CAS RN: 75-35-4

Toxicity Summary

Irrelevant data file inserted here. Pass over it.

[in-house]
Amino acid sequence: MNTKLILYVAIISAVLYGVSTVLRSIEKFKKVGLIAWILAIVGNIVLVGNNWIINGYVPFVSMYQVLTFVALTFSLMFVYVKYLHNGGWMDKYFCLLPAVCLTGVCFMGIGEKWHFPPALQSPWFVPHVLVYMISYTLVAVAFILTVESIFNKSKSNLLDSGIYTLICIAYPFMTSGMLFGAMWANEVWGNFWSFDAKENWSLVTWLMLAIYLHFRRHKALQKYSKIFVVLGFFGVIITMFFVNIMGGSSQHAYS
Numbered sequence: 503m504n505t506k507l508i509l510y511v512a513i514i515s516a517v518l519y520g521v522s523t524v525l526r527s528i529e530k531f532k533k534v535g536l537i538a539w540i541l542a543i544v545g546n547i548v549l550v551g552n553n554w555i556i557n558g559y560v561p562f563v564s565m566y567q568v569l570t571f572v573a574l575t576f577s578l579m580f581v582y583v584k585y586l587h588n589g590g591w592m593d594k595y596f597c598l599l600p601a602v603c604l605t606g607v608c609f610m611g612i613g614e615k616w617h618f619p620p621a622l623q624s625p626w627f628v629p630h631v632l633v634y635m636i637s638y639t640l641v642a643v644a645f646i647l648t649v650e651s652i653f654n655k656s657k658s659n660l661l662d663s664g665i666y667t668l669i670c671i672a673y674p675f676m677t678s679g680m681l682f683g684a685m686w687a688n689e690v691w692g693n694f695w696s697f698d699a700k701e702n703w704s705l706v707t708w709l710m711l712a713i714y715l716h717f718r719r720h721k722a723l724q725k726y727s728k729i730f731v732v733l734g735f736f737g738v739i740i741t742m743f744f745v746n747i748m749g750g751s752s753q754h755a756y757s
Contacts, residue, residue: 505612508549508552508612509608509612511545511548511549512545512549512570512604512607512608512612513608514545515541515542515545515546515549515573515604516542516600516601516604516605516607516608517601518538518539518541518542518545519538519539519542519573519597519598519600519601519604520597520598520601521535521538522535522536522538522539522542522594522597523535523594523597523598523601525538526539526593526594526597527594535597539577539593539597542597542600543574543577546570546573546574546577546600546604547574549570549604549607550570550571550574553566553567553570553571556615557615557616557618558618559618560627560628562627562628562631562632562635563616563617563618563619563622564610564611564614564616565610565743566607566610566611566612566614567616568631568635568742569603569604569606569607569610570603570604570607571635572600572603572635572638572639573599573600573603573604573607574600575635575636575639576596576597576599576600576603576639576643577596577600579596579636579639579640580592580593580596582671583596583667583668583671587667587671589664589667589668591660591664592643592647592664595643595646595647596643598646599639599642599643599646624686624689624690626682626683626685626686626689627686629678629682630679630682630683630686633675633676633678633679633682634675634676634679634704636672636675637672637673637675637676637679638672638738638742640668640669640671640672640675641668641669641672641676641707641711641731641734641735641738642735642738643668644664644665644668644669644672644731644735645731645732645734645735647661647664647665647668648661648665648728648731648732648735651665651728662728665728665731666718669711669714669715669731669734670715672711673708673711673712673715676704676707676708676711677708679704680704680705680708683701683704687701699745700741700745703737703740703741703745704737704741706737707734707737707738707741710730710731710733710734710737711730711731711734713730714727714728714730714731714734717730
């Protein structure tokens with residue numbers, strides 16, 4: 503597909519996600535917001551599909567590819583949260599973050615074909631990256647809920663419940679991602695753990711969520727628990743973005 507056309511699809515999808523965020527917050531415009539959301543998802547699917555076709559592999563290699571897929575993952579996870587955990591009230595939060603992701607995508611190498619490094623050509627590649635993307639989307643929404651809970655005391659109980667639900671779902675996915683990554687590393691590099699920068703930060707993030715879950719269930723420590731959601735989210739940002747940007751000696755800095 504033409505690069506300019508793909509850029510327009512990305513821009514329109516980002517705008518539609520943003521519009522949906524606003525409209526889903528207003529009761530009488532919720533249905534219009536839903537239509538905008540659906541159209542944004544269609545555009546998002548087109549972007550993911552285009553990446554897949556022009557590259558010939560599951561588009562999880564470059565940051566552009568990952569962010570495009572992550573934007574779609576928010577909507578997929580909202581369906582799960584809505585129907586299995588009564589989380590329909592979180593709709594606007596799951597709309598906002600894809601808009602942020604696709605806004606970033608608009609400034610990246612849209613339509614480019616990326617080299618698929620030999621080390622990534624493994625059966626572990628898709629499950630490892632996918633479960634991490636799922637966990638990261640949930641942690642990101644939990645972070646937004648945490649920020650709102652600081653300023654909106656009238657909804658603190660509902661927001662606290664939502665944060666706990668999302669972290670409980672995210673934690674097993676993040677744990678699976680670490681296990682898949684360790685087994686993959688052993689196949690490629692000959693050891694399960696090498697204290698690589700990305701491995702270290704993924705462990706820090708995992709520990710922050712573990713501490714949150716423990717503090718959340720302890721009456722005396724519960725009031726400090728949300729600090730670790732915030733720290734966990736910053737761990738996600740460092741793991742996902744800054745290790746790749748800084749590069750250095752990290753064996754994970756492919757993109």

IDENTIFICATION AND USE: 1,1-Dichloroethene (1,1-DCE) is a colorless liquid. It is used as a captive intermediate in the production of hydrochlorofluorocarbons (HCFC-141b and HCFC-142b), in the production of chloroacetyl chloride, and in the production of homo-, co-, and terpolymers (latex and resin). The polymers are used in a variety of consumer products, including food packaging, textiles, and outdoor furniture. HUMAN STUDIES: Potential symptoms of overexposure are irritation of eyes, skin, throat, dizziness, headache, nausea, dyspnea, liver and kidney dysfunction, pneumonitis. Acute exposure to high concentrations of 1,1-DCE in air results in CNS depression. Repeated exposures to low concentrations are associated with liver and renal dysfunction. Contact with the eye causes conjunctivitis and transient corneal injury. Skin contact with 1,1-DCE causes irritation, which may be due partly to the presence of an inhibitor, hydroquinone monomethyl ether. In one epidemiological study of 138 workers exposed to 1,1-DCE in the United States, no excess of cancer was found, but follow-up was incomplete, and nearly 40% of the workers had less than 15 years' latency since first exposure. In a study in the Federal Republic of Germany of 629 workers exposed to 1,1-DCE, seven deaths from cancer (five bronchial carcinomas) were reported. This number was not in excess of the expected value. Two cases of bronchial carcinoma were found in workers, both of whom were 37 years old, whereas 0.07 were expected for persons aged 35 to 39 years. Three reports suggest an association between exposure to dichloroethylenes and birth defects. However, all of these situations involved exposure to multiple contaminants, so a cause-and-effect relationship between the reported birth defects and exposure to 1,1-DCE cannot be established. Hepatotoxicity has been observed in humans after repeated exposure to 1,1-DCE, presumably by the inhalation route. ANIMAL STUDIES: One study shows no evidence that 1,1-DCE causes skin sensitization. Following high-dose exposure by the oral or inhalation route, the target organs in experimental animals are the liver, the kidney, and the Clara cells of the lung. Following low-dose, long-term exposure, the liver is the major target organ in rats following oral or inhalation exposure, but the kidney is the major target organ in mice following inhalation exposure. Bioassays for cancer by the oral route of exposure have been conducted in rats, mice, and trout. Although these bioassays have protocol limitations, none provides any significant evidence that 1,1-DCE is a carcinogen by the oral route of exposure. Bioassays for cancer by the inhalation route of exposure have been conducted in rats, mice, and hamsters. One bioassay in male mice showed an increase in the incidence of kidney adenocarcinomas at one exposure level. There is evidence that the induction of kidney adenocarcinomas is a sex- and species-specific response related to the expression of CYP2E1 in the kidney of male mice. 1,1-DCE causes gene mutations in microorganisms in the presence of metabolic activation. Most tests with mammalian cells in vitro or in vivo show no evidence of genotoxicity. No reproductive or developmental toxicity was observed at an oral exposure that caused minimal toxicity in the liver of the dams. An increased incidence of total cardiac malformations of 12-13% was recorded in pups from rats imbibing water containing either 0.15 ppm or 110 ppm 1,1-DCE over a period of 2 months prior to and subsequently the whole pregnancy period (controls had a 3% incidence of similar cardiac anomalie). An increased incidence of cardiac terata was also reported when utilizing method of continuous infusion of the chemical directly into the gravid rat uterus via implanted osmotic pumps. 1,1-DCE was a cardiac teratogen in the chick embryo, cardiac anomalies included atrial and ventricular septal defects, malformations of all valves, and great vessel abnormalities. There is evidence of fetal toxicity (delayed ossification) following inhalation exposure in the absence of maternal toxicity. The toxicity of 1,1-DCE is associated with cytochrome P450-catalyzed metabolism of 1,1-DCE to reactive intermediates that bind covalently to cellular macromolecules. The extent of binding is inversely related to loss of GSH, so that severity of tissue damage parallel the decline in GSH. Thus, the responses to 1,1-DCE at low doses with little depletion of GSH are expected to be very different from the responses at high doses causing substantial GSH depletion. ECOTOXICITY STUDIES: An 18-month carcinogenicity study of 1,1-DCE in rainbow trout (Oncorhynchus mykiss) (8 weeks old) at 4 mg/kg body weight per day was conducted. 1,1-DCE was incorporated in the feed. Tissues examined for neoplasms included liver, kidney, spleen, gill, gonads, thymus, thyroid, heart, stomach, pyloric caeca, duodenum, rectum, pancreas, and swimbladder. 1,1-DCE produced no neoplasms at the exposure levels used and no increase in liver weight. There was no evidence of any other chronic toxic effects.
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